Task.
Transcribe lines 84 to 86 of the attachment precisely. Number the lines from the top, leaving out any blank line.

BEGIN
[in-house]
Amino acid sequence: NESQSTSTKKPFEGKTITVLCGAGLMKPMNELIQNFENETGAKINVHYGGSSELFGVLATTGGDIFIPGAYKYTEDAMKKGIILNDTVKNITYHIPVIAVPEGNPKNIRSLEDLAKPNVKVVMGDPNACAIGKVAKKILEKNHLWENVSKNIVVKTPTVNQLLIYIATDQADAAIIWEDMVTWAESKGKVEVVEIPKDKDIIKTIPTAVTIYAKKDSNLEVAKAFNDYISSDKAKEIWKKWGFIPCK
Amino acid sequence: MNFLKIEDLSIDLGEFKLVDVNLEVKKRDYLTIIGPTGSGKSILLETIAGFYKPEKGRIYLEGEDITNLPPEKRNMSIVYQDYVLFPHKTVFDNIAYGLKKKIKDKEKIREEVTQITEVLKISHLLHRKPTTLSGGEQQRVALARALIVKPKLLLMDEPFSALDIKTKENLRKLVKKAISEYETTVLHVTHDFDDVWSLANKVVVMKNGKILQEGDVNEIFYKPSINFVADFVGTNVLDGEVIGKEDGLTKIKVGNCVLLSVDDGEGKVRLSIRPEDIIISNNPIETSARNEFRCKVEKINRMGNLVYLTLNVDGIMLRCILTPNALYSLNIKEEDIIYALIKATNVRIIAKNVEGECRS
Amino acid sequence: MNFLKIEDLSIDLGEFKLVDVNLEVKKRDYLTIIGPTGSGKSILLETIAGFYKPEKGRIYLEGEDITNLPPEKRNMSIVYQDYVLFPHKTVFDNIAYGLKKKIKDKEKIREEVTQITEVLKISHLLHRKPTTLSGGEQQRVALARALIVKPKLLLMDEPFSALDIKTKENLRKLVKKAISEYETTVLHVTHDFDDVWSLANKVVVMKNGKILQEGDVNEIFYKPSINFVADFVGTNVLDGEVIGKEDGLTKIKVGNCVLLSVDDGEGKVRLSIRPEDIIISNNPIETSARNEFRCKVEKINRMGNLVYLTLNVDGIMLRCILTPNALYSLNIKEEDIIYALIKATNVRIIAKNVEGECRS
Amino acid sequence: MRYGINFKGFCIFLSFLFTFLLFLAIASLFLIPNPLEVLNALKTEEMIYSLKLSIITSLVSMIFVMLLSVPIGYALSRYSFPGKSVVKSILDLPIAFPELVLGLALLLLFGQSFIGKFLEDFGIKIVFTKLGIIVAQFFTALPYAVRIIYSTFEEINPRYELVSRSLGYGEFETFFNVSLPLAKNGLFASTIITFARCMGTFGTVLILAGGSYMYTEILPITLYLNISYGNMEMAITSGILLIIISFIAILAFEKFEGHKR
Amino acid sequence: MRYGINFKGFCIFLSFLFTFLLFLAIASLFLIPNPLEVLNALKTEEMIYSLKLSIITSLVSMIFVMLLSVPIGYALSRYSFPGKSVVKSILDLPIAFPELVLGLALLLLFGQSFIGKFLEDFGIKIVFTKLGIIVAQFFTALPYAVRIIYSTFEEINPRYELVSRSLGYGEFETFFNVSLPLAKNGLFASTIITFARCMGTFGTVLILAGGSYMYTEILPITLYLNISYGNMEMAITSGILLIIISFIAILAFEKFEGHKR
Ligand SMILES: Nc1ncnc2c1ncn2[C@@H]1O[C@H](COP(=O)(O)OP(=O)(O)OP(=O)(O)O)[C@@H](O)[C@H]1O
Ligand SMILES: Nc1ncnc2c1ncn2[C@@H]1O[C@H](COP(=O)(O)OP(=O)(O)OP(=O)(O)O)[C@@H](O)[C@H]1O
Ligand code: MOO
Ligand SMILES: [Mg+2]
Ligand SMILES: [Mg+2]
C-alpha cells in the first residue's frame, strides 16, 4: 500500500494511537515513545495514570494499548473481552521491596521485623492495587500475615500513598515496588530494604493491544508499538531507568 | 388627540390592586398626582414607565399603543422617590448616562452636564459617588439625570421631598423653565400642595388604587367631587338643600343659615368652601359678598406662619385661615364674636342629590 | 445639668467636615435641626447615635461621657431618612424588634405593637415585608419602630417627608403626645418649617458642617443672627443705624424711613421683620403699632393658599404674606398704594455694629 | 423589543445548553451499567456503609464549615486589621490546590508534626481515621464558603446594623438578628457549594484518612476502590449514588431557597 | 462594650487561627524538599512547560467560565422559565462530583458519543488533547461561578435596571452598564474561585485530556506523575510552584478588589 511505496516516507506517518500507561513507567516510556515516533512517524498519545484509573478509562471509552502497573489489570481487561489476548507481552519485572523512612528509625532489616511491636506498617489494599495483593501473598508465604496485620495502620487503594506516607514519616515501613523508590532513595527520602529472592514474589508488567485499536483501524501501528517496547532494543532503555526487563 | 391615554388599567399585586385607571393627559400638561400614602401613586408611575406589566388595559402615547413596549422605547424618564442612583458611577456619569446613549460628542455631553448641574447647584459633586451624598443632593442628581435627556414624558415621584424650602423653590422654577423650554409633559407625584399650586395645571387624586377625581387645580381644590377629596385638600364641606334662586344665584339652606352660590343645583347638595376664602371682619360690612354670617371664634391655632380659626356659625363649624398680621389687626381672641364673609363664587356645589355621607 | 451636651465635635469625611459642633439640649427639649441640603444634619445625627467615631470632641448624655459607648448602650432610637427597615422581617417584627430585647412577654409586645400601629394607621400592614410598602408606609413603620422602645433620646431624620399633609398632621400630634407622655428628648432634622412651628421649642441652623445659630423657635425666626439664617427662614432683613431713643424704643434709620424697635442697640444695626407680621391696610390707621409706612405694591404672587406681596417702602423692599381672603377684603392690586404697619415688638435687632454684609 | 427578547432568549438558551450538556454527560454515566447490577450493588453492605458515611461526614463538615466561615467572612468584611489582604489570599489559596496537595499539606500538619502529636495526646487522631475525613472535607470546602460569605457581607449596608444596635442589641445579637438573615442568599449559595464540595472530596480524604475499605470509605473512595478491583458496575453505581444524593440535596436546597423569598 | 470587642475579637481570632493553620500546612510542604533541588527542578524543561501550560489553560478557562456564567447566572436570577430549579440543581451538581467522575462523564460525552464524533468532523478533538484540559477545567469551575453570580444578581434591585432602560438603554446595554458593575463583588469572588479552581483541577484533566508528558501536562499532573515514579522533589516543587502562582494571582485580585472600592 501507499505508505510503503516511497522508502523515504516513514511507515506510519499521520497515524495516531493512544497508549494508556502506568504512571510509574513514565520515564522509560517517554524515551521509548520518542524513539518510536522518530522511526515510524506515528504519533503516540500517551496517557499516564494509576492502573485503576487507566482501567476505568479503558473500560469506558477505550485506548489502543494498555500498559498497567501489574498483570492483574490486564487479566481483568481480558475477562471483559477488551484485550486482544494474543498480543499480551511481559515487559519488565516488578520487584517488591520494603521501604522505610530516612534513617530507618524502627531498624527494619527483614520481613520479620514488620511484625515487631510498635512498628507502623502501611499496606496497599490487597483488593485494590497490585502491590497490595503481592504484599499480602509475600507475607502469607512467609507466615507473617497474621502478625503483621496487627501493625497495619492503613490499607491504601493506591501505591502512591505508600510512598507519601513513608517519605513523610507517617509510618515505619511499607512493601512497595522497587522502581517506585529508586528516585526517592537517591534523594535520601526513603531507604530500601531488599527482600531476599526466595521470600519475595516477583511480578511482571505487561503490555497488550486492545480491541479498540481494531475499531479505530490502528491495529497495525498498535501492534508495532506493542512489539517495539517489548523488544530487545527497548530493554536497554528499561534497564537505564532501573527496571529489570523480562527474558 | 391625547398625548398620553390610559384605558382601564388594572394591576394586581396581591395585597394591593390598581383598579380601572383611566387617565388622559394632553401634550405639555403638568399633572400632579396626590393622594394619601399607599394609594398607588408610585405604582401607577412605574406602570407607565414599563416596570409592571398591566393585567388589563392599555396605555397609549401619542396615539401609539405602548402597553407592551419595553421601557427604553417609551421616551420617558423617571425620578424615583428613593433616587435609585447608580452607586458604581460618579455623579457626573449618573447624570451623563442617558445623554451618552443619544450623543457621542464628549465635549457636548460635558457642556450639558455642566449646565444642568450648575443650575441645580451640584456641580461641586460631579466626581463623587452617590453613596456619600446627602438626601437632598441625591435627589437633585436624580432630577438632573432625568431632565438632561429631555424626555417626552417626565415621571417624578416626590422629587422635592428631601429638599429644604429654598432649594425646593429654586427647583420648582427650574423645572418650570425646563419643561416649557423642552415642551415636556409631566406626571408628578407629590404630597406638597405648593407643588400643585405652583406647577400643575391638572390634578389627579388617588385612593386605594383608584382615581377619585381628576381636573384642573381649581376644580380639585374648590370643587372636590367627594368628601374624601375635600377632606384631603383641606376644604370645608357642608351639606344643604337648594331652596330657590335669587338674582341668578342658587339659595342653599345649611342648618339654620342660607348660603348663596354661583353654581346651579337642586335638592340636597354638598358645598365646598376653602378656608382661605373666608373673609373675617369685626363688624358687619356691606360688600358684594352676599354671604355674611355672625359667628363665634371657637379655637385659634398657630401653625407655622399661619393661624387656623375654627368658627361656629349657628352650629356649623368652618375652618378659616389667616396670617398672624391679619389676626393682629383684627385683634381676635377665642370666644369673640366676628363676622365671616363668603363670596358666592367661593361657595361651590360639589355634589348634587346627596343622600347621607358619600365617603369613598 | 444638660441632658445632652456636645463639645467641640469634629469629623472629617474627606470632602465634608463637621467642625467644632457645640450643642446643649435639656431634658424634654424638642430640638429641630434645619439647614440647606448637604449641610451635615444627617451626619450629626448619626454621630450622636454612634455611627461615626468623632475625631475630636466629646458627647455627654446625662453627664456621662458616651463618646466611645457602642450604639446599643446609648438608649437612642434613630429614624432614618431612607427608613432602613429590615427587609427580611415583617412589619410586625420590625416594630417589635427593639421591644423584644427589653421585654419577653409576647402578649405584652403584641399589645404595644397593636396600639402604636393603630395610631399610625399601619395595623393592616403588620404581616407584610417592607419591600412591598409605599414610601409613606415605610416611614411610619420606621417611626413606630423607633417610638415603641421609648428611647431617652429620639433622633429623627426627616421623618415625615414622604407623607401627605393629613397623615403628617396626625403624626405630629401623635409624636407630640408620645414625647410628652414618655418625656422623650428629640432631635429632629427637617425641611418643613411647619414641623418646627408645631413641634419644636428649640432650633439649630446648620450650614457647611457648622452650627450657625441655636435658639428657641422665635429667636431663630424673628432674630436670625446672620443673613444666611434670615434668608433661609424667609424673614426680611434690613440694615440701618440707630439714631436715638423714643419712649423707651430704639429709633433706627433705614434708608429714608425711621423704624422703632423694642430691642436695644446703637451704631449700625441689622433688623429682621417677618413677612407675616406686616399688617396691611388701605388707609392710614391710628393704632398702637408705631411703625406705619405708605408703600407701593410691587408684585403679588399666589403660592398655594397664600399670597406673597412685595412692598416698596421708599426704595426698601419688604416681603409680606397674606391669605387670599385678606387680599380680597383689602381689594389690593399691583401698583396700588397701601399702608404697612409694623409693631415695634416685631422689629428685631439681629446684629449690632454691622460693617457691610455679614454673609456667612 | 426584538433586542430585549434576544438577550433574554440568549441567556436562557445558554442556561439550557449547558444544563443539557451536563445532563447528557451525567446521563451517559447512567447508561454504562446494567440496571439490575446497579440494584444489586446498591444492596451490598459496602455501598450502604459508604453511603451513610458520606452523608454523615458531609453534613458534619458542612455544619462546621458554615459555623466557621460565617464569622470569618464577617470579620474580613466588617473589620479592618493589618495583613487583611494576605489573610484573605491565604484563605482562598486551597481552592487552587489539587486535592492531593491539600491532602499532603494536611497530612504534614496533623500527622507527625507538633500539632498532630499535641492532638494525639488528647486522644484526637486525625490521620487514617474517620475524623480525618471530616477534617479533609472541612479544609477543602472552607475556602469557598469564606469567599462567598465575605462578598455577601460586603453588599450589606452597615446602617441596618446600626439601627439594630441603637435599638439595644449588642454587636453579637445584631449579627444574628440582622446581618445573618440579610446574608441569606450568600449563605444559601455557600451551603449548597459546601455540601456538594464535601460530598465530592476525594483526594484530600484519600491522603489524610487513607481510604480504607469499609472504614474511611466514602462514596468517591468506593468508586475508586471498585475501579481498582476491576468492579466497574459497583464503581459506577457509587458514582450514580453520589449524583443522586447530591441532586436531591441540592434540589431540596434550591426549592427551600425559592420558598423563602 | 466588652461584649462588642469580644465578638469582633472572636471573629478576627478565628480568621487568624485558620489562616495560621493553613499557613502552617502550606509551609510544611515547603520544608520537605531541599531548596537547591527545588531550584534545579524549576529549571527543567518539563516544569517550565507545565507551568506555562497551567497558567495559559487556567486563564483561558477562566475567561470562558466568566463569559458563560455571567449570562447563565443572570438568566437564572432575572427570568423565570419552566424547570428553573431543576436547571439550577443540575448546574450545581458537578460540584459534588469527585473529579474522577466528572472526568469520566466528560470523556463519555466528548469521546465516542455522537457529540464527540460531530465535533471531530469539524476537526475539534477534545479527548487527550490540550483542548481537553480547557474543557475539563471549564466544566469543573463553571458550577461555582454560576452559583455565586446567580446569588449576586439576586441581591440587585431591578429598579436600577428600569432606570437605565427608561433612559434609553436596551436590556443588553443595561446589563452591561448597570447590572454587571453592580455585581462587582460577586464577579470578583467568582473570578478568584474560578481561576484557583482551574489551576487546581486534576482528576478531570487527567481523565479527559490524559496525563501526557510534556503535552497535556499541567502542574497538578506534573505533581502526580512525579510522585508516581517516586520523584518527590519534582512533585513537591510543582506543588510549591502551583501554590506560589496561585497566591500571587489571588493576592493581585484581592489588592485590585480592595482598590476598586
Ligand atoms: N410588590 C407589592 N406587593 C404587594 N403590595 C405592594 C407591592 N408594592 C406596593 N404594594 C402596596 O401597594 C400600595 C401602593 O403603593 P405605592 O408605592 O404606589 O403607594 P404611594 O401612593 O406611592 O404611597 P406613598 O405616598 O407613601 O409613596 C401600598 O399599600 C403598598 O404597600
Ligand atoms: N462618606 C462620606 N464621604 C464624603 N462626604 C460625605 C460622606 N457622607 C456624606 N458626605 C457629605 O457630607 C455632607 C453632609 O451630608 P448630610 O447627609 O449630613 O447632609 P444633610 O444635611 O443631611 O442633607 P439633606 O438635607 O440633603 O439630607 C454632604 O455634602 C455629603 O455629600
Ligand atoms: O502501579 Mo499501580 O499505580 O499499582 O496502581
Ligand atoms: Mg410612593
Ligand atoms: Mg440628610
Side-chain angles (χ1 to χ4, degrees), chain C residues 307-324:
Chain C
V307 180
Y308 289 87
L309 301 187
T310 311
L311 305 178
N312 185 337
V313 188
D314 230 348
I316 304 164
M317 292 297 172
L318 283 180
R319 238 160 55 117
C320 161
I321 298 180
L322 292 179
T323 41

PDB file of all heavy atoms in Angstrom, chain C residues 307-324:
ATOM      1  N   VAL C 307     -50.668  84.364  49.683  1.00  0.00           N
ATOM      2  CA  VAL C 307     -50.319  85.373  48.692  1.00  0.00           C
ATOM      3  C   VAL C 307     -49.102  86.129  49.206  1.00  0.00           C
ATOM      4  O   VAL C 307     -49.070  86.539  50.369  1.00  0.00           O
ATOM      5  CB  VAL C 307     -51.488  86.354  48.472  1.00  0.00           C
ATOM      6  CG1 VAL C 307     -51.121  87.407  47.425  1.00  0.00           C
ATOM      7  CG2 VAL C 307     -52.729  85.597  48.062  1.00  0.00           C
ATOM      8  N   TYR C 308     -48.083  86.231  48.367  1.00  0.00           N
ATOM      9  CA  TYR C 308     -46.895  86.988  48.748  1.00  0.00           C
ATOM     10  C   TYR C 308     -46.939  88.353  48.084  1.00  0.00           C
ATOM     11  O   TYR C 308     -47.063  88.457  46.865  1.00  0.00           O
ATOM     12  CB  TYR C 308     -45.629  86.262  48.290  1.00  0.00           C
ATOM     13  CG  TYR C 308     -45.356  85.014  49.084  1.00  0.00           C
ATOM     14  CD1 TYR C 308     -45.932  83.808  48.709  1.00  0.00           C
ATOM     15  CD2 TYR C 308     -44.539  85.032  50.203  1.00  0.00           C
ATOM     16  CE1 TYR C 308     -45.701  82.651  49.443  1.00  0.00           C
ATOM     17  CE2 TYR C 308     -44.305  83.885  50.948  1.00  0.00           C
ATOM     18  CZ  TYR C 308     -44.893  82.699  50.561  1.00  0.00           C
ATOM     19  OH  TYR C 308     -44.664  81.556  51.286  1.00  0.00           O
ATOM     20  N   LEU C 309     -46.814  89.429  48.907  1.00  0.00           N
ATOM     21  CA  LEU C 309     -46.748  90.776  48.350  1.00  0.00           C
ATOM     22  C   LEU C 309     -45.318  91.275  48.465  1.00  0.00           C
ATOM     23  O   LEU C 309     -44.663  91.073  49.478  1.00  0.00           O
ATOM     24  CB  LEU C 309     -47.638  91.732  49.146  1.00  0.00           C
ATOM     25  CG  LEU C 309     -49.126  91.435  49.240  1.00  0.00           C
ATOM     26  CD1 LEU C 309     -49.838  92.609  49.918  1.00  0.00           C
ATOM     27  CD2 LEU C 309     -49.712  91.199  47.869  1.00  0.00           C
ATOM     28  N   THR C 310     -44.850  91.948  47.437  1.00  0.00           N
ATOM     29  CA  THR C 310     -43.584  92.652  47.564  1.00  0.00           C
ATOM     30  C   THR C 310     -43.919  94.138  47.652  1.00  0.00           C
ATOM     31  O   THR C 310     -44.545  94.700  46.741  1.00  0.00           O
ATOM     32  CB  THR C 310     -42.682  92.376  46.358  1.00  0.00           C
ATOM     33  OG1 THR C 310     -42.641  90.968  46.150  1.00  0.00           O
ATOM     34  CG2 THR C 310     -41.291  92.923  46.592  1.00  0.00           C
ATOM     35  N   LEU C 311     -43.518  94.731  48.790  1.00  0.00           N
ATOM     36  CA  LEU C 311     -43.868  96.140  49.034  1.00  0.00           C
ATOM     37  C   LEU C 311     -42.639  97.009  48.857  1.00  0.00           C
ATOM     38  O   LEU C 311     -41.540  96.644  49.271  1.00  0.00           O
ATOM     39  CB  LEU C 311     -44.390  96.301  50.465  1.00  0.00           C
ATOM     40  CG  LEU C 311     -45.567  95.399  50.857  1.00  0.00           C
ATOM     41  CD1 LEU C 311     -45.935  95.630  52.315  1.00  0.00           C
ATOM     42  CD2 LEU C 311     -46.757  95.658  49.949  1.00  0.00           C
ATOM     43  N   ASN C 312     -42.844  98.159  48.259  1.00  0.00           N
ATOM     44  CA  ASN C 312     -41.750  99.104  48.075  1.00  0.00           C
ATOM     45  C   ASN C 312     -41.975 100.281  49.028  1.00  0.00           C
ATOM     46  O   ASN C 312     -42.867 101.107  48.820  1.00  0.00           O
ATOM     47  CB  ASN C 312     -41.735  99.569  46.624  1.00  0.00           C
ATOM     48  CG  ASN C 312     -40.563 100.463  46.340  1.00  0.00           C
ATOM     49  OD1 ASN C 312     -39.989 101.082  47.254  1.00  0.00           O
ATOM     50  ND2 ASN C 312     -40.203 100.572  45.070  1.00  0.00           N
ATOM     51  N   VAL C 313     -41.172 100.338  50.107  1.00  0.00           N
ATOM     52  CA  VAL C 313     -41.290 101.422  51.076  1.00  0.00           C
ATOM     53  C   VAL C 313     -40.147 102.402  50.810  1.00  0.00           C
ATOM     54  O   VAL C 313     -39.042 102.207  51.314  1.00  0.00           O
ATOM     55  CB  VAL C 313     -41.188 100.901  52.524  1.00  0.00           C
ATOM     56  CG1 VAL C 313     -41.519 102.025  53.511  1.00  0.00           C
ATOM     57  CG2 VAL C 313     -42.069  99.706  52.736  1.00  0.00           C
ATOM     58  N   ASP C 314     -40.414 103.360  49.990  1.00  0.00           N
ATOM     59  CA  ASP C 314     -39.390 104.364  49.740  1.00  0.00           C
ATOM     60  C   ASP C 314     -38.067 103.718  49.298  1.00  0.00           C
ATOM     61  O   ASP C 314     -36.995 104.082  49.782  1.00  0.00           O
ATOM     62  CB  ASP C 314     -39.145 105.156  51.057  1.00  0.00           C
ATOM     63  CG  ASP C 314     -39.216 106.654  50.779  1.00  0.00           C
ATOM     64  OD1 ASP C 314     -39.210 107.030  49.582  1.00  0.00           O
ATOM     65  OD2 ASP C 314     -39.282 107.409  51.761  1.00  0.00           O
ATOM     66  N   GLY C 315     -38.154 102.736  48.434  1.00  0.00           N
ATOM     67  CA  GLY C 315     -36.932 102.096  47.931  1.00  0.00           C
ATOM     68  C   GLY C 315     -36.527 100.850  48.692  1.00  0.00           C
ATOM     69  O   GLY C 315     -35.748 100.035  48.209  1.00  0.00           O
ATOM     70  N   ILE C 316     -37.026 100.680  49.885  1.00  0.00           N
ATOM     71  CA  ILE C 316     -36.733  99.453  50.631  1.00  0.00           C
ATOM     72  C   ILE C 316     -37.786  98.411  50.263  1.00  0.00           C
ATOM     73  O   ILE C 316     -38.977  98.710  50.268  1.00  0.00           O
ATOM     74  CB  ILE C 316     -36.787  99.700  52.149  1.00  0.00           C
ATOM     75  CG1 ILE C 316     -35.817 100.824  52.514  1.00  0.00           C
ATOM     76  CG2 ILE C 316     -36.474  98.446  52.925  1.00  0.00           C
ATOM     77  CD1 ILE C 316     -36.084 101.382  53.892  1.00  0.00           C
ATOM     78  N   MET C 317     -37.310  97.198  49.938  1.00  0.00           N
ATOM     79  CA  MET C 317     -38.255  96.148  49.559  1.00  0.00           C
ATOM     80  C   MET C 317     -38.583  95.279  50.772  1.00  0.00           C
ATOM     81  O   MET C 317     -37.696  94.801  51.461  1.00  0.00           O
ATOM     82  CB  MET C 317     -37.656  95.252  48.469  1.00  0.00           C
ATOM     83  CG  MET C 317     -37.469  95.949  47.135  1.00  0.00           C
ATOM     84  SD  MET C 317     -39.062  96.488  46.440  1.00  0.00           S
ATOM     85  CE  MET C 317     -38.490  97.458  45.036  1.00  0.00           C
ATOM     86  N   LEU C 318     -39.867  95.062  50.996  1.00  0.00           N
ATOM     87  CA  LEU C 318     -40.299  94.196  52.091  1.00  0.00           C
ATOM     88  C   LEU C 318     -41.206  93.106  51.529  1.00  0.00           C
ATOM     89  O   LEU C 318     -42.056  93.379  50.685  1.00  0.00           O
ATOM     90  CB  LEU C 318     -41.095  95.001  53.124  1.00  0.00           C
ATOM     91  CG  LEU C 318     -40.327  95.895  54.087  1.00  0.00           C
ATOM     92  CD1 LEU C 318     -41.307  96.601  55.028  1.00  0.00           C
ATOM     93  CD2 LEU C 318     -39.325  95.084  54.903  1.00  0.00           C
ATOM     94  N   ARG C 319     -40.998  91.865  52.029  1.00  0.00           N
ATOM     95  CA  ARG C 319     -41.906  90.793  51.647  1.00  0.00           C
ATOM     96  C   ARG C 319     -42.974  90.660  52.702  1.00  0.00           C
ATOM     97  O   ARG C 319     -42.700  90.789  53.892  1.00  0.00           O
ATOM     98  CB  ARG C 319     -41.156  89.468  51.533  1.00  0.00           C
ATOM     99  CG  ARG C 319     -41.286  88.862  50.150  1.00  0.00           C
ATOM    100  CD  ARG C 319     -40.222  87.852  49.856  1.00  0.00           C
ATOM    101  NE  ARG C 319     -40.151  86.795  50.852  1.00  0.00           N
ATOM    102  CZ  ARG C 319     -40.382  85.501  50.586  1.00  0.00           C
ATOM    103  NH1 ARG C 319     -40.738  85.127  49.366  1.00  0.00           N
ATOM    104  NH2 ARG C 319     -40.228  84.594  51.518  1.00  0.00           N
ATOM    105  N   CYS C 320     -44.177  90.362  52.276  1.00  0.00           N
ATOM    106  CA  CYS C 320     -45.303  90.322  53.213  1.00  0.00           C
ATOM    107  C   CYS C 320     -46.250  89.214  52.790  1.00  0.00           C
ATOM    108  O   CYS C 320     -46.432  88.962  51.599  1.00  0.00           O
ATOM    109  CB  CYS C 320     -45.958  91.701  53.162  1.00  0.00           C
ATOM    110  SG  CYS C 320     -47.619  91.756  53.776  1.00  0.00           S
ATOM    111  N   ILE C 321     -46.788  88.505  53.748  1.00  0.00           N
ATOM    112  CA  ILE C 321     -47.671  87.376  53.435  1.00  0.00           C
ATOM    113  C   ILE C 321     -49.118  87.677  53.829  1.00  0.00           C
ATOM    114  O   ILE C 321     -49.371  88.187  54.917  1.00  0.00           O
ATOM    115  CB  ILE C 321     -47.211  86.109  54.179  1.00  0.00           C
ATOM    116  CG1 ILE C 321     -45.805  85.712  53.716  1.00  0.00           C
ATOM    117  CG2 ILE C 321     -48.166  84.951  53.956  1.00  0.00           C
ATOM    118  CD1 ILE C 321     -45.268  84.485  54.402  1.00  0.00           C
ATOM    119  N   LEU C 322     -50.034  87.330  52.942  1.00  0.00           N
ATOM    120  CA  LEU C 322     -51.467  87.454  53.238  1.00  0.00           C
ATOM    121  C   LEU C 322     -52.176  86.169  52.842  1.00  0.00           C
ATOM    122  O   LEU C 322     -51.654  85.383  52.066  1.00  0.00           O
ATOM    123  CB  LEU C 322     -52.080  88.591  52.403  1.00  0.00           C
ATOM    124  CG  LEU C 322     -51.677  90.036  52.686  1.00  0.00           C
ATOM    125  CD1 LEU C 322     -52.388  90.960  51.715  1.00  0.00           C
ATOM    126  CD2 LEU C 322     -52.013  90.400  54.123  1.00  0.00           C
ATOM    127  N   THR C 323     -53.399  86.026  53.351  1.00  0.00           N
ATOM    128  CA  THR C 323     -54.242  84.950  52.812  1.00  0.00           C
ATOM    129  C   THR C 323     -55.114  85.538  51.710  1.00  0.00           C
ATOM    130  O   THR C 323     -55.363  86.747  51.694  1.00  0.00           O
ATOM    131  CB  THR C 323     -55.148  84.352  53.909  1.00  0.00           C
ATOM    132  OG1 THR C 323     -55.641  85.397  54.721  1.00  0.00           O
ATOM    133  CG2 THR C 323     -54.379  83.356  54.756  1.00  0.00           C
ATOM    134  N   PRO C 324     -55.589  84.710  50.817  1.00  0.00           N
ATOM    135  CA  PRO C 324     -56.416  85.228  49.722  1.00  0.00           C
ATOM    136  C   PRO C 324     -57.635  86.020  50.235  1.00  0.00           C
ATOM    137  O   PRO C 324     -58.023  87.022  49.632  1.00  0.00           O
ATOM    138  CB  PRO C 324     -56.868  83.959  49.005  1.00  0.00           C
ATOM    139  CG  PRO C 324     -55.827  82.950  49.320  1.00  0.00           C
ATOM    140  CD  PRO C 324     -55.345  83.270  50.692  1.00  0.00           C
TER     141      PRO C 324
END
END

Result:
ATOM     48  CG  ASN C 312     -40.563 100.463  46.340  1.00  0.00           C
ATOM     49  OD1 ASN C 312     -39.989 101.082  47.254  1.00  0.00           O
ATOM     50  ND2 ASN C 312     -40.203 100.572  45.070  1.00  0.00           N